The results are interesting on several metrics:
Medicare for All has about 36% support and 38% opposition. That is a steep hill to climb to build a majority coalition.
Medicaid Buy-in has a majority in at least tepid support and very little passionate opposition.
This is interesting on several levels.
The first is that Medicaid’s branding seems to be stronger than Medicare’s branding.
Secondly, Medicaid buy-in is much easier to implement in at least some states. Right now New Mexico is aggressively pursuing a buy-in investigation. I think Nevada may be tempted to go down that path. Implementation requires a state to be in favor of a buy-in program and a friendly reading of waiver authority from the Center for Medicare and Medicaid Services (CMS). That duality may not be satisifed at the moment but a friendly to this type of waiver CMS is an easier lift than a Medicare for All friendly trifecta.
Medicaid buy-in programs are envisioned as supplements or complements to the Exchange/Marketplace structure. Emma and I looked at the different evaluation questions that need to be asked about these programs last March in Health Affairs:
There are two different policies that can be described as Medicaid buy-in programs. The first would be creating a new eligibility category for direct purchase of Medicaid by individuals with all of the attendant rights, obligations, and services that flow through Medicaid. This version of Medicaid buy-in requires modifications to state plan amendments and likely will require an 1115 waiver. The other policy would be to use the framework of Medicaid managed care contracts and networks to create metal plans for purchase on the Marketplace. Policy makers must identify which type of Medicaid buy-in they intend to use to communicate clearly their goals and objectives. Below, we present the various goals that policy makers may seek to achieve with Medicaid buy-in programs and how these goals should be evaluated…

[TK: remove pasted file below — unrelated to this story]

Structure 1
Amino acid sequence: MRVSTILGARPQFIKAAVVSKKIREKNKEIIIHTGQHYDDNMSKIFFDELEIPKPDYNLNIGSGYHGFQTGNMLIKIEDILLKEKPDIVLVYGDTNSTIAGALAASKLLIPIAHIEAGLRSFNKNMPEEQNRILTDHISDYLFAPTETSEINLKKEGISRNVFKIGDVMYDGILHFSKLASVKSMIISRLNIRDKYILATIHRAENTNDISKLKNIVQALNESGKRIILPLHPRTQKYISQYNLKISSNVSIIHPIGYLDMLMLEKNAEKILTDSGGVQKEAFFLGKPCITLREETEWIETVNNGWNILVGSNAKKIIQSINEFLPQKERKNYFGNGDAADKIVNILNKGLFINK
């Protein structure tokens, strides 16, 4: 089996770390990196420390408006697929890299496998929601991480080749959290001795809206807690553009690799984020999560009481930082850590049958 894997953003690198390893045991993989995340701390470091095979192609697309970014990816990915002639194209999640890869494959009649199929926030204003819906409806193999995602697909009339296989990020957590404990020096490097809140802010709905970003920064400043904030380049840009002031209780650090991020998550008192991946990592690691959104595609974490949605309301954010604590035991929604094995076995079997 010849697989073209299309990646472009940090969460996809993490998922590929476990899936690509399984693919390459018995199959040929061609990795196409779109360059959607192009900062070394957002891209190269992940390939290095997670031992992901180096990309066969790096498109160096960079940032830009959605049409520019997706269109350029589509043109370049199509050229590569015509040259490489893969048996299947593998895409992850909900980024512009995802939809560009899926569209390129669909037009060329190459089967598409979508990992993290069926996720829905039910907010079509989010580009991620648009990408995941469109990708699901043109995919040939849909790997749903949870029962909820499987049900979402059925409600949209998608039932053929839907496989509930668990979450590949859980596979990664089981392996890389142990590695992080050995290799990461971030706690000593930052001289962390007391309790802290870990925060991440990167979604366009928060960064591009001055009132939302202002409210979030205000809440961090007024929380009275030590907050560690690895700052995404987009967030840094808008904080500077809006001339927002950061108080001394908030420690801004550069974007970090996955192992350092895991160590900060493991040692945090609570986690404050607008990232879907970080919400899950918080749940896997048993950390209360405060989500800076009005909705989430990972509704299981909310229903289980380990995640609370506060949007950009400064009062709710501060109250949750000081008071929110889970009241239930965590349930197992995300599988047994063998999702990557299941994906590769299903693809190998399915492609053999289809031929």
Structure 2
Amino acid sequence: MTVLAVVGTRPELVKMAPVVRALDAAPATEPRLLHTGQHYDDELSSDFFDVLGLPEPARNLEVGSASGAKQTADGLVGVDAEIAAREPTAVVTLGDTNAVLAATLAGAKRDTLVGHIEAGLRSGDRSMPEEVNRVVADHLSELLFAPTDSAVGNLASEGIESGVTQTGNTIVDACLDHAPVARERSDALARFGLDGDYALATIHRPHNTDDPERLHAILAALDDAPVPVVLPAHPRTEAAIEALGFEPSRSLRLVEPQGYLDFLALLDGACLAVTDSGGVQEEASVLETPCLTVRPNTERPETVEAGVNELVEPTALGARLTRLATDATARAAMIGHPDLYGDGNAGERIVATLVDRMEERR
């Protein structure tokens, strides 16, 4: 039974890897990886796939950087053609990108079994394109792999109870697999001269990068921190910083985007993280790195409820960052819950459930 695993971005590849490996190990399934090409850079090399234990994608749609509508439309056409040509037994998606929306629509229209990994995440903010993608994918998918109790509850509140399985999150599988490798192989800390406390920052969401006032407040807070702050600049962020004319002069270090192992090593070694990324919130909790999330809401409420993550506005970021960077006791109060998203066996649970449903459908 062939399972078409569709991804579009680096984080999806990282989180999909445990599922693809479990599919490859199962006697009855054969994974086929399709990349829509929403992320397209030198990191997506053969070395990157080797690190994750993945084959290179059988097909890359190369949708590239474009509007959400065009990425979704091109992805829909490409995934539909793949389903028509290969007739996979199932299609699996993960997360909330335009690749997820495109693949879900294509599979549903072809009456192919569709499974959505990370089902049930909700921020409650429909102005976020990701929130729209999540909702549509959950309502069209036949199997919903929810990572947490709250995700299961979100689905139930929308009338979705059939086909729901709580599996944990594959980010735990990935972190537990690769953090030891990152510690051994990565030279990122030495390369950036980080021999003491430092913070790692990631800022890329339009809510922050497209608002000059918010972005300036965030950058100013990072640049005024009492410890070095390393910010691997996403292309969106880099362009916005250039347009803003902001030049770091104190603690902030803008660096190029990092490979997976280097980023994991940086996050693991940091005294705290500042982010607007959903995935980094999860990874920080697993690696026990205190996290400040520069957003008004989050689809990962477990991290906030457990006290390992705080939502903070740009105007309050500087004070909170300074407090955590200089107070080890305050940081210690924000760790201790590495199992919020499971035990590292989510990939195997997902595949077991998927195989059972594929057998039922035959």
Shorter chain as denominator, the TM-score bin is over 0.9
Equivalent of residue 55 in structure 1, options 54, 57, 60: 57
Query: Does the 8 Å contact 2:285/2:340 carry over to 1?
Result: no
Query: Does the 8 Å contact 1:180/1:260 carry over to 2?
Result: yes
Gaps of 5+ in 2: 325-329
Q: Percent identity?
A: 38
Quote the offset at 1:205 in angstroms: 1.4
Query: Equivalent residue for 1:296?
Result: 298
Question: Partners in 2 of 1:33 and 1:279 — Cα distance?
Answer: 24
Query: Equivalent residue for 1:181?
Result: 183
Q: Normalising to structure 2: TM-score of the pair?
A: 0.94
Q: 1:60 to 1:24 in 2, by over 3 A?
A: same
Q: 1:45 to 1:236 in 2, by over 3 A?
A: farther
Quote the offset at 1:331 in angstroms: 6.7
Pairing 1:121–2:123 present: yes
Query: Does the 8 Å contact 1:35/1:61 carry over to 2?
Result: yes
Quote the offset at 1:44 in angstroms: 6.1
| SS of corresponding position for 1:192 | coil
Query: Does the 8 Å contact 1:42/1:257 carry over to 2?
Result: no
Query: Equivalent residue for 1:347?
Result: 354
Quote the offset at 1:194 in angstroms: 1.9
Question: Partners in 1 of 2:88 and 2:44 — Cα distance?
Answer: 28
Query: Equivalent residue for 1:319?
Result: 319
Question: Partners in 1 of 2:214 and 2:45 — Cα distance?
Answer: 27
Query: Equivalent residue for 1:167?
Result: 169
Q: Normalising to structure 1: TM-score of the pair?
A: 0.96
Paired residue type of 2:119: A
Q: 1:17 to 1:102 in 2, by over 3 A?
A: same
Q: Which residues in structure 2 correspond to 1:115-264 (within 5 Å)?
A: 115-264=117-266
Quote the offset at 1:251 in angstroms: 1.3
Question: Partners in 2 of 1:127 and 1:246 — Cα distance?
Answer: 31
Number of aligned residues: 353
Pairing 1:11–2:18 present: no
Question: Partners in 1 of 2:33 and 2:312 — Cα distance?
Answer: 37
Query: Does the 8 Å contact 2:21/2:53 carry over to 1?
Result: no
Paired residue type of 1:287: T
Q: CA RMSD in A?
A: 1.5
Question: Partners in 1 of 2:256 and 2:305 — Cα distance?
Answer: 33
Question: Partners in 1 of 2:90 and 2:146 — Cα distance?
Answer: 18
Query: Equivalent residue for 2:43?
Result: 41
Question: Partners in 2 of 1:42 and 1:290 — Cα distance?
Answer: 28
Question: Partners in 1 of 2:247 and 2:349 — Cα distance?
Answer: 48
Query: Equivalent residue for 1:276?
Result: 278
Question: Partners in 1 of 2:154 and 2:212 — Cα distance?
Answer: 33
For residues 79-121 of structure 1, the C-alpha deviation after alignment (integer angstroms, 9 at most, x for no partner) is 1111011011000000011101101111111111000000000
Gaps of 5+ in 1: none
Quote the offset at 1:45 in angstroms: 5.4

- Improve Coverage For The Current Individual Market
- Provide Options For People Living In Regions With Limited Choices Of Health Plans
- Improve The Viability Of The Private Insurance Marketplace
- Reduce Premiums For Consumers In The Private Insurance Market
- To Provide People With A Guarantee Of Coverage With State-Mandated Consumer Protections
- Improve The Financial Viability And Contracting Power Of The Medicaid Agency
A well-designed Medicaid buy-in program won’t achieve all of these goals. It may only intend to achieve one or two of these goals.
I think that Medicaid buy-in is one area of promising state-level experimentation that has a reasonable chance of implementation before 2023. The fact that there is a broad base of support and little concentrated opposition merely increases the probability of state level experimentation. This is where the action will be over the next couple of years for states, politicians, and activists that want to continue to expand coverage.